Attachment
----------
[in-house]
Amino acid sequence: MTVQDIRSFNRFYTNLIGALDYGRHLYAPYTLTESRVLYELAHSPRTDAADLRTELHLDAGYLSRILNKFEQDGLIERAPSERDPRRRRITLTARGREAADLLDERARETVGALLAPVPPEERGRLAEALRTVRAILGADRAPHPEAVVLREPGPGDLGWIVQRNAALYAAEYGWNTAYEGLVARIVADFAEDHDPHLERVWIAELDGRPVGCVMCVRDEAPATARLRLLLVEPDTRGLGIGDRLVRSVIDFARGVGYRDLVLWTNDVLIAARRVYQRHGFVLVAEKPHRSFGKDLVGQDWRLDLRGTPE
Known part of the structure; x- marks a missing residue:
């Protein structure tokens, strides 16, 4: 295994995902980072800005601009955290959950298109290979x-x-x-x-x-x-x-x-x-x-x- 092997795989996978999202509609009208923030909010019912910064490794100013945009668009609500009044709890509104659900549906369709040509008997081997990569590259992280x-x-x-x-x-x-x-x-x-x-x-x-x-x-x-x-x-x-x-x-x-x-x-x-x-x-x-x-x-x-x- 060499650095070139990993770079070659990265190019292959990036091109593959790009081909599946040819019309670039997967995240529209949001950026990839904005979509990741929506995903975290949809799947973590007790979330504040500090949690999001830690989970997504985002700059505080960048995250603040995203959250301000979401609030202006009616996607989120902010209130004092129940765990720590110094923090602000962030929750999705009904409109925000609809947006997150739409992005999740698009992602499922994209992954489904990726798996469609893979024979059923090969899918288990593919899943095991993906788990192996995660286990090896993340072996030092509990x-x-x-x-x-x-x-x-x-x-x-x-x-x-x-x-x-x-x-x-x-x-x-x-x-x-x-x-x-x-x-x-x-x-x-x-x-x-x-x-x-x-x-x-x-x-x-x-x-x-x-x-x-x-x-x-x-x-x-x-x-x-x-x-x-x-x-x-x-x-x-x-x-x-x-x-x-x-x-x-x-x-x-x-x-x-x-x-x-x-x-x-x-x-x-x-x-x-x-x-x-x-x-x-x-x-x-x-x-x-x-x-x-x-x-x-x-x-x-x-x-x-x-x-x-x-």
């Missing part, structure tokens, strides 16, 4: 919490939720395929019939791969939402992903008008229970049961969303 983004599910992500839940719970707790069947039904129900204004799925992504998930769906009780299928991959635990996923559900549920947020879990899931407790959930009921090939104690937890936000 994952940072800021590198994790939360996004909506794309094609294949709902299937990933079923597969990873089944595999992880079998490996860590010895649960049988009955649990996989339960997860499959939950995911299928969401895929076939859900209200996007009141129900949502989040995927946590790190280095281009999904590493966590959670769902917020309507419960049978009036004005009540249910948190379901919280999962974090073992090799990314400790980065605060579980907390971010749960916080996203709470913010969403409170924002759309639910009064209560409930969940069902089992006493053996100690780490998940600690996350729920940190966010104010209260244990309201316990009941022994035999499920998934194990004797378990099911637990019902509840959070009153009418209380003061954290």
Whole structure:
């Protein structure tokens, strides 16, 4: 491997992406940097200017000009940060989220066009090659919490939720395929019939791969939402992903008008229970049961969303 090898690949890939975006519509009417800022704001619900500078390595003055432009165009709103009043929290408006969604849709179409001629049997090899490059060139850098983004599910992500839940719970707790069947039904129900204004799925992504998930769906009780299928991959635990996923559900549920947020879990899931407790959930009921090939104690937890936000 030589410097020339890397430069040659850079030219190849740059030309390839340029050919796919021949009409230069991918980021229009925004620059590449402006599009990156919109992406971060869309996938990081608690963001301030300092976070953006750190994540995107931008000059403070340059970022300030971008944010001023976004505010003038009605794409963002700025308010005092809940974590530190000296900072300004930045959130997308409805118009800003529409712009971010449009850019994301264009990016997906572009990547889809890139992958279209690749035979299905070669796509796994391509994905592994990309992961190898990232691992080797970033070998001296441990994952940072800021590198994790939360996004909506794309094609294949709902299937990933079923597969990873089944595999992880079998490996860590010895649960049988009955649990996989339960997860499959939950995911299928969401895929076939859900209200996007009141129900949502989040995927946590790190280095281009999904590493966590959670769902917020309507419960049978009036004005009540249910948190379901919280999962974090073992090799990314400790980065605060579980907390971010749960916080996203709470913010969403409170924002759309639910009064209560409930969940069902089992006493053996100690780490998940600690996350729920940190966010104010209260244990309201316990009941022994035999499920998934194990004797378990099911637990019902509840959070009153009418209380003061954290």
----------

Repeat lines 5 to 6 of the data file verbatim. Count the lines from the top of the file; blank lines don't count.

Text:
């Missing part, structure tokens, strides 16, 4: 919490939720395929019939791969939402992903008008229970049961969303 983004599910992500839940719970707790069947039904129900204004799925992504998930769906009780299928991959635990996923559900549920947020879990899931407790959930009921090939104690937890936000 994952940072800021590198994790939360996004909506794309094609294949709902299937990933079923597969990873089944595999992880079998490996860590010895649960049988009955649990996989339960997860499959939950995911299928969401895929076939859900209200996007009141129900949502989040995927946590790190280095281009999904590493966590959670769902917020309507419960049978009036004005009540249910948190379901919280999962974090073992090799990314400790980065605060579980907390971010749960916080996203709470913010969403409170924002759309639910009064209560409930969940069902089992006493053996100690780490998940600690996350729920940190966010104010209260244990309201316990009941022994035999499920998934194990004797378990099911637990019902509840959070009153009418209380003061954290």
Whole structure: